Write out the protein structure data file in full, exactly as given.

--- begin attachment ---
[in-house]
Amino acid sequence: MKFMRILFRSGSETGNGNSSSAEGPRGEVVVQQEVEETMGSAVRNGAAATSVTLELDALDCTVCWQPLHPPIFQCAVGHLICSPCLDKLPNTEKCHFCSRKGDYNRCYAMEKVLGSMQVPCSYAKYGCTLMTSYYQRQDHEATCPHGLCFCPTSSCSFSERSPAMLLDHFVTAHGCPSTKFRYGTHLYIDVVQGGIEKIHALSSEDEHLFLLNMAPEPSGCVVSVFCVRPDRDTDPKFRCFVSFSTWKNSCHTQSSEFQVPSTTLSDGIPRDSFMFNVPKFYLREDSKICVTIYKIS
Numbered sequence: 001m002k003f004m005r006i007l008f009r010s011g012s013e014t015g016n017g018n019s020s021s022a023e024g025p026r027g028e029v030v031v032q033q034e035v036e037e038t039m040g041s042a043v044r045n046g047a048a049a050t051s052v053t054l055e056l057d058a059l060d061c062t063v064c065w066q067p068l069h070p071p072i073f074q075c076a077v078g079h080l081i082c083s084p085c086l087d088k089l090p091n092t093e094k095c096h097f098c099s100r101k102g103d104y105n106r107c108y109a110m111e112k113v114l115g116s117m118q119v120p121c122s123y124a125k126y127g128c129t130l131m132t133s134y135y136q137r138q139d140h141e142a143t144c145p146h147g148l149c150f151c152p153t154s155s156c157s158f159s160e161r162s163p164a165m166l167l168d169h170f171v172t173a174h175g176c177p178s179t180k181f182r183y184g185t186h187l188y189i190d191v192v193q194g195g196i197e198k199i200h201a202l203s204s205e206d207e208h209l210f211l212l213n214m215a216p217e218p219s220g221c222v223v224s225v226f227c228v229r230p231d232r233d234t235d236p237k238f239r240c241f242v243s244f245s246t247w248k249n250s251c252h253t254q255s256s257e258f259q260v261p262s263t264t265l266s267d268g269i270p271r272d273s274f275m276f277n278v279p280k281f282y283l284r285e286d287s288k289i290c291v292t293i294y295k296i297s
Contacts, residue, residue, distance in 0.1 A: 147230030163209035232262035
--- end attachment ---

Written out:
[in-house]
Amino acid sequence: MKFMRILFRSGSETGNGNSSSAEGPRGEVVVQQEVEETMGSAVRNGAAATSVTLELDALDCTVCWQPLHPPIFQCAVGHLICSPCLDKLPNTEKCHFCSRKGDYNRCYAMEKVLGSMQVPCSYAKYGCTLMTSYYQRQDHEATCPHGLCFCPTSSCSFSERSPAMLLDHFVTAHGCPSTKFRYGTHLYIDVVQGGIEKIHALSSEDEHLFLLNMAPEPSGCVVSVFCVRPDRDTDPKFRCFVSFSTWKNSCHTQSSEFQVPSTTLSDGIPRDSFMFNVPKFYLREDSKICVTIYKIS
Numbered sequence: 001m002k003f004m005r006i007l008f009r010s011g012s013e014t015g016n017g018n019s020s021s022a023e024g025p026r027g028e029v030v031v032q033q034e035v036e037e038t039m040g041s042a043v044r045n046g047a048a049a050t051s052v053t054l055e056l057d058a059l060d061c062t063v064c065w066q067p068l069h070p071p072i073f074q075c076a077v078g079h080l081i082c083s084p085c086l087d088k089l090p091n092t093e094k095c096h097f098c099s100r101k102g103d104y105n106r107c108y109a110m111e112k113v114l115g116s117m118q119v120p121c122s123y124a125k126y127g128c129t130l131m132t133s134y135y136q137r138q139d140h141e142a143t144c145p146h147g148l149c150f151c152p153t154s155s156c157s158f159s160e161r162s163p164a165m166l167l168d169h170f171v172t173a174h175g176c177p178s179t180k181f182r183y184g185t186h187l188y189i190d191v192v193q194g195g196i197e198k199i200h201a202l203s204s205e206d207e208h209l210f211l212l213n214m215a216p217e218p219s220g221c222v223v224s225v226f227c228v229r230p231d232r233d234t235d236p237k238f239r240c241f242v243s244f245s246t247w248k249n250s251c252h253t254q255s256s257e258f259q260v261p262s263t264t265l266s267d268g269i270p271r272d273s274f275m276f277n278v279p280k281f282y283l284r285e286d287s288k289i290c291v292t293i294y295k296i297s
Contacts, residue, residue, distance in 0.1 A: 147230030163209035232262035